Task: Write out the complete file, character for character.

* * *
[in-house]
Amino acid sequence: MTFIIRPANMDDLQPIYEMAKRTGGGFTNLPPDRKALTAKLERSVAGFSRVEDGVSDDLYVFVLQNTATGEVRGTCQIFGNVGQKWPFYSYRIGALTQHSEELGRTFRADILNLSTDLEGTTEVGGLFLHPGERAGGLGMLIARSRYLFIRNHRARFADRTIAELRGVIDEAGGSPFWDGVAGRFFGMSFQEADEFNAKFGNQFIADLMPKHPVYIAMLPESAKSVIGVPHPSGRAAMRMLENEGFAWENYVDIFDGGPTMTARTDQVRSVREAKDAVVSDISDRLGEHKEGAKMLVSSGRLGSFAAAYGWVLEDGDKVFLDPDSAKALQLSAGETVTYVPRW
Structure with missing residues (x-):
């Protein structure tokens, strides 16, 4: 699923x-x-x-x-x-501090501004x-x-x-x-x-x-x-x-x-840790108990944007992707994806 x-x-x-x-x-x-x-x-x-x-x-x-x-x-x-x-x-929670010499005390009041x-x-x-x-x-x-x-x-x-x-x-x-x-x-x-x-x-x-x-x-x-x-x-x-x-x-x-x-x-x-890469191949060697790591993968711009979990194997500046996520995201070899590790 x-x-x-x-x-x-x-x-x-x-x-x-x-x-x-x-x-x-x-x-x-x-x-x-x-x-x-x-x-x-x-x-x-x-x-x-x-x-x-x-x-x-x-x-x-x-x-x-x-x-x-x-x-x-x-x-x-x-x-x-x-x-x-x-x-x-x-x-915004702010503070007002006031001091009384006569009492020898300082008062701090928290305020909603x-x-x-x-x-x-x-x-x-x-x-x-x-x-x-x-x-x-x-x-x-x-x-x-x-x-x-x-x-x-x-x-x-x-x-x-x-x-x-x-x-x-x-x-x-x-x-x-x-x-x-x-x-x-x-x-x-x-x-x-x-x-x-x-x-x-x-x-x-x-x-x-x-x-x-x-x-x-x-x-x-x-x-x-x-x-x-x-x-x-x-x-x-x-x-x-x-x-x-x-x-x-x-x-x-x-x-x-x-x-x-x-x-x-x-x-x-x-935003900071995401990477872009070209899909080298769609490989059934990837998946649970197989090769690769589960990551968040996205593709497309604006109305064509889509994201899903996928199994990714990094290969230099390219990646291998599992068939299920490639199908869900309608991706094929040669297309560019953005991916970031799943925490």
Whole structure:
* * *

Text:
[in-house]
Amino acid sequence: MTFIIRPANMDDLQPIYEMAKRTGGGFTNLPPDRKALTAKLERSVAGFSRVEDGVSDDLYVFVLQNTATGEVRGTCQIFGNVGQKWPFYSYRIGALTQHSEELGRTFRADILNLSTDLEGTTEVGGLFLHPGERAGGLGMLIARSRYLFIRNHRARFADRTIAELRGVIDEAGGSPFWDGVAGRFFGMSFQEADEFNAKFGNQFIADLMPKHPVYIAMLPESAKSVIGVPHPSGRAAMRMLENEGFAWENYVDIFDGGPTMTARTDQVRSVREAKDAVVSDISDRLGEHKEGAKMLVSSGRLGSFAAAYGWVLEDGDKVFLDPDSAKALQLSAGETVTYVPRW
Structure with missing residues (x-):
């Protein structure tokens, strides 16, 4: 699923x-x-x-x-x-501090501004x-x-x-x-x-x-x-x-x-840790108990944007992707994806 x-x-x-x-x-x-x-x-x-x-x-x-x-x-x-x-x-929670010499005390009041x-x-x-x-x-x-x-x-x-x-x-x-x-x-x-x-x-x-x-x-x-x-x-x-x-x-x-x-x-x-890469191949060697790591993968711009979990194997500046996520995201070899590790 x-x-x-x-x-x-x-x-x-x-x-x-x-x-x-x-x-x-x-x-x-x-x-x-x-x-x-x-x-x-x-x-x-x-x-x-x-x-x-x-x-x-x-x-x-x-x-x-x-x-x-x-x-x-x-x-x-x-x-x-x-x-x-x-x-x-x-x-915004702010503070007002006031001091009384006569009492020898300082008062701090928290305020909603x-x-x-x-x-x-x-x-x-x-x-x-x-x-x-x-x-x-x-x-x-x-x-x-x-x-x-x-x-x-x-x-x-x-x-x-x-x-x-x-x-x-x-x-x-x-x-x-x-x-x-x-x-x-x-x-x-x-x-x-x-x-x-x-x-x-x-x-x-x-x-x-x-x-x-x-x-x-x-x-x-x-x-x-x-x-x-x-x-x-x-x-x-x-x-x-x-x-x-x-x-x-x-x-x-x-x-x-x-x-x-x-x-x-x-x-x-x-935003900071995401990477872009070209899909080298769609490989059934990837998946649970197989090769690769589960990551968040996205593709497309604006109305064509889509994201899903996928199994990714990094290969230099390219990646291998599992068939299920490639199908869900309608991706094929040669297309560019953005991916970031799943925490």
Whole structure: